The White House strategy, though, betrays an obsession with physical space at the expense of virtual space. This fixation very much reflects a generational divide among the scholars and policy-makers who focus on terrorism. Younger scholars such as Will McCants (now at the Department of Defense) and Thomas Hegghammer--in addition to being much more likely to actually be able to speak and read the relevant languages (Arabic and Urdu)--are "digital natives" rather than "digital immigrants" (to use the labels preferred by the counter-insurgency scholar Thomas Rid): They do not need to have the explosive potential of the internet explained to them, and McCants and Hegghammer especially have individually spent hundreds of hours on the more popular jihadi chatrooms to gather data about the debates and spread of information that is taking place in the virtual world.
This is not to say that physical safe havens do not matter. They do--a lot. But they are not the "be all, end all" of an effective counter-terror strategy. The policy-makers who crafted the White House strategy largely belong to the generation that cut its teeth in the Clinton White House, when physical havens were in fact the only havens that mattered. But as Europe's experience has shown us, this thinking is outdated; we shouldn't wait until we are attacked by homegrown or internet-coordinated terrorists to adopt an appropriately far-reaching strategy.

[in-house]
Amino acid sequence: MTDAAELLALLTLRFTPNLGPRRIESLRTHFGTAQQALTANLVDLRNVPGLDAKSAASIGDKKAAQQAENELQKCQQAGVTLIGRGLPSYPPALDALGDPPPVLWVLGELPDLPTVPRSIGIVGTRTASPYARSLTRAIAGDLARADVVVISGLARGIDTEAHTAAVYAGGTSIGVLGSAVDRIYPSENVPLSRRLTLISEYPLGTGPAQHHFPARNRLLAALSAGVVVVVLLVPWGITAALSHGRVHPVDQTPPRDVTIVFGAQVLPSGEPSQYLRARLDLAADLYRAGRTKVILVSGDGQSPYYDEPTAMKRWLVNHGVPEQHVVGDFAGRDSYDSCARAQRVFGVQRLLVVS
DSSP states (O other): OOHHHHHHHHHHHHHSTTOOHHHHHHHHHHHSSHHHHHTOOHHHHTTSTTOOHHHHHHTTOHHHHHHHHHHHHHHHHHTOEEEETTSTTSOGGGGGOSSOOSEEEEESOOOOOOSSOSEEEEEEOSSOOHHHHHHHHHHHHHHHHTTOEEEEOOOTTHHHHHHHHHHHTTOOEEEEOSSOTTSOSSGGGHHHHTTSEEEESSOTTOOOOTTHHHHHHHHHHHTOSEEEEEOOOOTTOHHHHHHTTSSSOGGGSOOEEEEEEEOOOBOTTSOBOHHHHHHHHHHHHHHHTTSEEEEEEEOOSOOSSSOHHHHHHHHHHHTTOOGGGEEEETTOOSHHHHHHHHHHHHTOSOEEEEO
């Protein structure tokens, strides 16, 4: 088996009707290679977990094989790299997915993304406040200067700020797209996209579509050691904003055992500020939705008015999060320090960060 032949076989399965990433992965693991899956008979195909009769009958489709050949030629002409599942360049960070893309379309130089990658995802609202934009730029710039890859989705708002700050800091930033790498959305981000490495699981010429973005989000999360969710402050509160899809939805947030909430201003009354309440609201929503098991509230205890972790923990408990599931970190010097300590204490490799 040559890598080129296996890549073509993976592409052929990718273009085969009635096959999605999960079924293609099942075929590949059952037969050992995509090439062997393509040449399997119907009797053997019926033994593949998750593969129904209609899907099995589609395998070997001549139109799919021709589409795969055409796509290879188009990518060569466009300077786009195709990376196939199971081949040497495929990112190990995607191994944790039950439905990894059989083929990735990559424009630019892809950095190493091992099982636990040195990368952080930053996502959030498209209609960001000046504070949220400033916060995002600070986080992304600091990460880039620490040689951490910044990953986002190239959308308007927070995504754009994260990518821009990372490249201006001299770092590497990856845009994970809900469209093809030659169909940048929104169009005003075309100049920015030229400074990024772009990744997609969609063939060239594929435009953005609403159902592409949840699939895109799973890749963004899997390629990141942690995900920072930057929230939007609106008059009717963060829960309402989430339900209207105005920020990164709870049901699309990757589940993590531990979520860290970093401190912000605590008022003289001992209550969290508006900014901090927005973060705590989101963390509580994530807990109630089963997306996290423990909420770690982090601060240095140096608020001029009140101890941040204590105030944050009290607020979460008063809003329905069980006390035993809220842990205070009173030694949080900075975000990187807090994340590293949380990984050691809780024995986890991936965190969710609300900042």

The white paper released on Friday, of course, was only meant to focus on Afghanistan and Pakistan. And if the chief policy objective of the Obama White House is to eliminate the problematic area of ungoverned space straddling Afghanistan and Pakistan, this strategy is as good a strategy as can be expected. But its myopic thinking about the terror threat does not bode well for broader efforts to keep America safe.